America Has an Answer to Trump's Sexism. Her Name is Hillary.

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Over the weekend, the New York Times came out with an astonishing piece on Trump's lifelong objectification of women. For decades, women who interacted with him either personally or professionally have endured varying levels of his chauvinism, be it in the form of comments on their bodies, unwelcome sexual advances or pet names like "Hon" or "Dear." Even the women in the piece who recounted that Mr. Trump mentored them or helped them along in their careers noted his casual sexism. Opportunities and assistance came with a constant reminder that they should be thankful he was giving them a chance professionally, even though the workplace, especially executive level positions, is not really a place for women.

The pattern becomes clearer with every new detail we learn about this man. It should come as no surprise to anyone that Trump has resorted to sexism every time his behavior or policies have been criticized by strong, successful women this election season. That's how he's made sure women have stayed in what he believes is their rightful place--beneath him--his entire life.

Recently, Donald Trump accused Hillary Clinton of playing the woman card and declared that if she wasn't a woman, she probably wouldn't even have five percent of the vote. He's blamed her for accusations of misbehavior against her husband and called her an "enabler." And just last week, he released a political ad that shows pictures of Benghazi and other tragedies accompanied by Sec. Clinton cackling like the Wicked Witch in The Wizard of Oz. The sexist undertones are hard to miss.

The Republican party's presumptive nominee for the presidency also found time in his busy schedule to take to Twitter and respond to Sen. Elizabeth Warren's criticism of his policies and behavior by calling her "goofy." Yes, that's right. Elizabeth Warren, former Harvard professor and architect of the Consumer Financial Protection Bureau, is "goofy" to Trump, a man who has argued about the relative size of his manhood during a nationally-televised presidential debate. He even didn't stop there! Over the weekend he referred to Sen. Warren as "Pocahontas" during an interview with the New York Times, which managed to be both sexist and racist in one fell swoop.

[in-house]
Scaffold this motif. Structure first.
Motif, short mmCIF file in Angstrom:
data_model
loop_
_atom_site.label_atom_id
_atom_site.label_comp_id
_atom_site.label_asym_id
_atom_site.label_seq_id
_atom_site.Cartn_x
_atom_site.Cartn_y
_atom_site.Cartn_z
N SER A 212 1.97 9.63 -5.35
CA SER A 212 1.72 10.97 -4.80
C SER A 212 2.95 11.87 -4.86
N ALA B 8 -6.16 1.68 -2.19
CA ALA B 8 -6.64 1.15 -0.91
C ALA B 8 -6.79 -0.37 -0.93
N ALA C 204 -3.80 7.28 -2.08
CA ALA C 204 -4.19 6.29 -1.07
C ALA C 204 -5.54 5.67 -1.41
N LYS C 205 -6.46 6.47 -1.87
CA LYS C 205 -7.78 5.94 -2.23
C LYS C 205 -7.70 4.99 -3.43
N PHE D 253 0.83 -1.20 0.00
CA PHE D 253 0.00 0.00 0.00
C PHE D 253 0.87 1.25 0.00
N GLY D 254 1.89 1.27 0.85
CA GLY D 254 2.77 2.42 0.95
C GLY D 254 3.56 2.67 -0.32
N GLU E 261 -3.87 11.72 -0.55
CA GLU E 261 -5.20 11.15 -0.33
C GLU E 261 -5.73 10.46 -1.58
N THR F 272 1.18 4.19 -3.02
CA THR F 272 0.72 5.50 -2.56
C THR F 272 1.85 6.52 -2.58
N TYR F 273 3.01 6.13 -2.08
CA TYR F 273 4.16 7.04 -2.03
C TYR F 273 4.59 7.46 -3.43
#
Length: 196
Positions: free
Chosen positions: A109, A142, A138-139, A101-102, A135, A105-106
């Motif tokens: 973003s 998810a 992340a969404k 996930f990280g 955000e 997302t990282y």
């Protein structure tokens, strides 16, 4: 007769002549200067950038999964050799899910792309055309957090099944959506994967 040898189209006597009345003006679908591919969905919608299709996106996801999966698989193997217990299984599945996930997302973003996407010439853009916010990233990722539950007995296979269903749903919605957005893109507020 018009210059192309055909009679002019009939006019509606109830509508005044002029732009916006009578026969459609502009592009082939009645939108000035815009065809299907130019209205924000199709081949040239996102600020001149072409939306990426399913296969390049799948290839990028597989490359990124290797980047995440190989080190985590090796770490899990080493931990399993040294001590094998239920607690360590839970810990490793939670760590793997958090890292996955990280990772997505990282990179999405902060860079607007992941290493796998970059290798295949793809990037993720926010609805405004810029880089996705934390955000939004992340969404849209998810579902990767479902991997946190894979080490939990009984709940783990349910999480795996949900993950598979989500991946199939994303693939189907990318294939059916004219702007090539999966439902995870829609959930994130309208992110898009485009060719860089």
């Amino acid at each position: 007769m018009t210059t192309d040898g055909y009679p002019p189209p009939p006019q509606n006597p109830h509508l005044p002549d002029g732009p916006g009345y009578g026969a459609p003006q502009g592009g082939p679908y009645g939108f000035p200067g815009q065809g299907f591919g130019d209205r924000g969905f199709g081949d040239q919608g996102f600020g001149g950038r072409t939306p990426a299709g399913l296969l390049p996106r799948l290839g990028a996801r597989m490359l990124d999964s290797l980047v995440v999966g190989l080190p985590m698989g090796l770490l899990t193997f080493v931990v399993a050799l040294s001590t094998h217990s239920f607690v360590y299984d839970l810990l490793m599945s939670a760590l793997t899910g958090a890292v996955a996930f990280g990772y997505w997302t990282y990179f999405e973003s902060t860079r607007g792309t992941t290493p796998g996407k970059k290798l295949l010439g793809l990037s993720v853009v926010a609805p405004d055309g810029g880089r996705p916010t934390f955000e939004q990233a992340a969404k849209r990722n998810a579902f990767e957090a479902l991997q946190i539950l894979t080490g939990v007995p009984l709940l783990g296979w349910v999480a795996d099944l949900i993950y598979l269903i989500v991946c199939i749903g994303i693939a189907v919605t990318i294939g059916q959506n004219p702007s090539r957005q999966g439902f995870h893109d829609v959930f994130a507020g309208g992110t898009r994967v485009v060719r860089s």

Unfortunately, Trump's tired misogynistic tactic isn't working for him this time. The women he's attacked lately don't fear him and won't retreat from his attempts to bully them. With each increasingly outrageous comment, Trump is revealing himself to be an insecure, desperate man, who has nothing to respond to challenges from successful women except flimsy criticisms of their intelligence, character or personal lives. It's evident that the only thing Trump has to offer when called out on his sexist comments is more sexism.

It's unfortunate the men leading the more traditional, conservative wing of the Republican party, including the Never Trump movement, have been unable to stop Trump's bigoted comments and continuous rise. However, I think many of us know why these men haven't been able to stop Donald Trump. This isn't a job for a man. It's a task better suited for a woman.

Hillary Clinton is our best hope for striking down Donald Trump and everything he stands for. The very nature of her historic candidacy, as the first woman likely to secure the presidential nomination from a major party, is a repudiation of Trump's sexism. Sec. Clinton's qualifications and background also represent a rejection of Trump's racism and bigotry. She's spent her entire career fighting for many of our most under-represented populations, including children, people of color and the economically disadvantaged. What's more, she's taken every awful personal assault lobbed at her by Trump and responded to it with strength and intelligence. Her refusal to lower herself to Trump's level represents exactly the type of mature leadership our country needs.

The majority of us who know our country is better than Trump have the opportunity to send a strong message of "no" by supporting Hillary Clinton. We can stop those who think discrimination should be galvanized in our country's identity. We can send the hateful and discriminatory rhetoric that's being thrown around in the Republican Party right now back to where it belongs, in our country's past. And we can set America down an optimistic, inclusive path and build towards the future our children deserve. All we have to do is take a stand. That is why I am issuing a call to action: If you are as outraged as I am by Trump's behavior - start writing letters to the editor; start commenting on blogs; start encouraging the media to call Trump out on his behavior and challenge him with tough questions.

Since we're all going to have to accept this awful man is probably hanging around until November, let's send a strong statement every chance we get.

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Andrea Dew Steele is President and Founder of Emerge America, the premier training program for Democratic women. Emerge America is changing the face of American politics by identifying, training and encouraging women to run for office, get elected and to seek higher office. Our intensive, cohort-based six-month training program is unique. As the number of elected Democratic women remains flat or even declines, the need for our work is growing across the country. We currently work in 16 states: Arizona, California, Colorado, Kentucky, Maine, Maryland, Massachusetts, Michigan, Nevada, New Jersey, New Mexico, Oregon, Pennsylvania, Vermont, Virginia, and Wisconsin.

Follow Andrea Dew Steele on Twitter: www.twitter.com/DewSteele